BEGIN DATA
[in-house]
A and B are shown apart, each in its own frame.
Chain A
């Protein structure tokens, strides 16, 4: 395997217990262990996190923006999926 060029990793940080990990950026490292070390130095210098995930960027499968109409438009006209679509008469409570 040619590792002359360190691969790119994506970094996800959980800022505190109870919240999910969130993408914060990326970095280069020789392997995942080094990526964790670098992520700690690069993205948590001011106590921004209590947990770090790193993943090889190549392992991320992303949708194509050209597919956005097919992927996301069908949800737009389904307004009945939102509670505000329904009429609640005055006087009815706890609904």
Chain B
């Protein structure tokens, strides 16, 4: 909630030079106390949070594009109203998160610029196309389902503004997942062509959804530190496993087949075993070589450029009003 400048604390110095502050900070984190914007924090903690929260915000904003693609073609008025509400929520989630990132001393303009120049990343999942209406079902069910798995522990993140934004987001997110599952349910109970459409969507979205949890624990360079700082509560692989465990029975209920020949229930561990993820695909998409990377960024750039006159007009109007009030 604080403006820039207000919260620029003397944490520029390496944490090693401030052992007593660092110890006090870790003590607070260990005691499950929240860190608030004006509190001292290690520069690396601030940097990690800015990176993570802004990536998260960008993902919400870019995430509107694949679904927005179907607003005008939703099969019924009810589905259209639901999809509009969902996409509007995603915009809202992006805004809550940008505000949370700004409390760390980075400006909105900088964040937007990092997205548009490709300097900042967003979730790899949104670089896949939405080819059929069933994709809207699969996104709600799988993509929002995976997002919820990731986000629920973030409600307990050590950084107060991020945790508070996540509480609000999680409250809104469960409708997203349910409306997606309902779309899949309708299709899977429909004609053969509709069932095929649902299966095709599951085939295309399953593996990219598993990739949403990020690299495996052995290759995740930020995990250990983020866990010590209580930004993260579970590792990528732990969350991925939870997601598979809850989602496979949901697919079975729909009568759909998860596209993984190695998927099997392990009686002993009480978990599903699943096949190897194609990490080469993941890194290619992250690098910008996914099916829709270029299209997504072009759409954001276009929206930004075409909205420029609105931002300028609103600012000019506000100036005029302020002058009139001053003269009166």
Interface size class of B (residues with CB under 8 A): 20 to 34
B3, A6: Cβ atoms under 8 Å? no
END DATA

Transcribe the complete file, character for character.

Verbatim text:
[in-house]
A and B are shown apart, each in its own frame.
Chain A
């Protein structure tokens, strides 16, 4: 395997217990262990996190923006999926 060029990793940080990990950026490292070390130095210098995930960027499968109409438009006209679509008469409570 040619590792002359360190691969790119994506970094996800959980800022505190109870919240999910969130993408914060990326970095280069020789392997995942080094990526964790670098992520700690690069993205948590001011106590921004209590947990770090790193993943090889190549392992991320992303949708194509050209597919956005097919992927996301069908949800737009389904307004009945939102509670505000329904009429609640005055006087009815706890609904």
Chain B
């Protein structure tokens, strides 16, 4: 909630030079106390949070594009109203998160610029196309389902503004997942062509959804530190496993087949075993070589450029009003 400048604390110095502050900070984190914007924090903690929260915000904003693609073609008025509400929520989630990132001393303009120049990343999942209406079902069910798995522990993140934004987001997110599952349910109970459409969507979205949890624990360079700082509560692989465990029975209920020949229930561990993820695909998409990377960024750039006159007009109007009030 604080403006820039207000919260620029003397944490520029390496944490090693401030052992007593660092110890006090870790003590607070260990005691499950929240860190608030004006509190001292290690520069690396601030940097990690800015990176993570802004990536998260960008993902919400870019995430509107694949679904927005179907607003005008939703099969019924009810589905259209639901999809509009969902996409509007995603915009809202992006805004809550940008505000949370700004409390760390980075400006909105900088964040937007990092997205548009490709300097900042967003979730790899949104670089896949939405080819059929069933994709809207699969996104709600799988993509929002995976997002919820990731986000629920973030409600307990050590950084107060991020945790508070996540509480609000999680409250809104469960409708997203349910409306997606309902779309899949309708299709899977429909004609053969509709069932095929649902299966095709599951085939295309399953593996990219598993990739949403990020690299495996052995290759995740930020995990250990983020866990010590209580930004993260579970590792990528732990969350991925939870997601598979809850989602496979949901697919079975729909009568759909998860596209993984190695998927099997392990009686002993009480978990599903699943096949190897194609990490080469993941890194290619992250690098910008996914099916829709270029299209997504072009759409954001276009929206930004075409909205420029609105931002300028609103600012000019506000100036005029302020002058009139001053003269009166």
Interface size class of B (residues with CB under 8 A): 20 to 34
B3, A6: Cβ atoms under 8 Å? no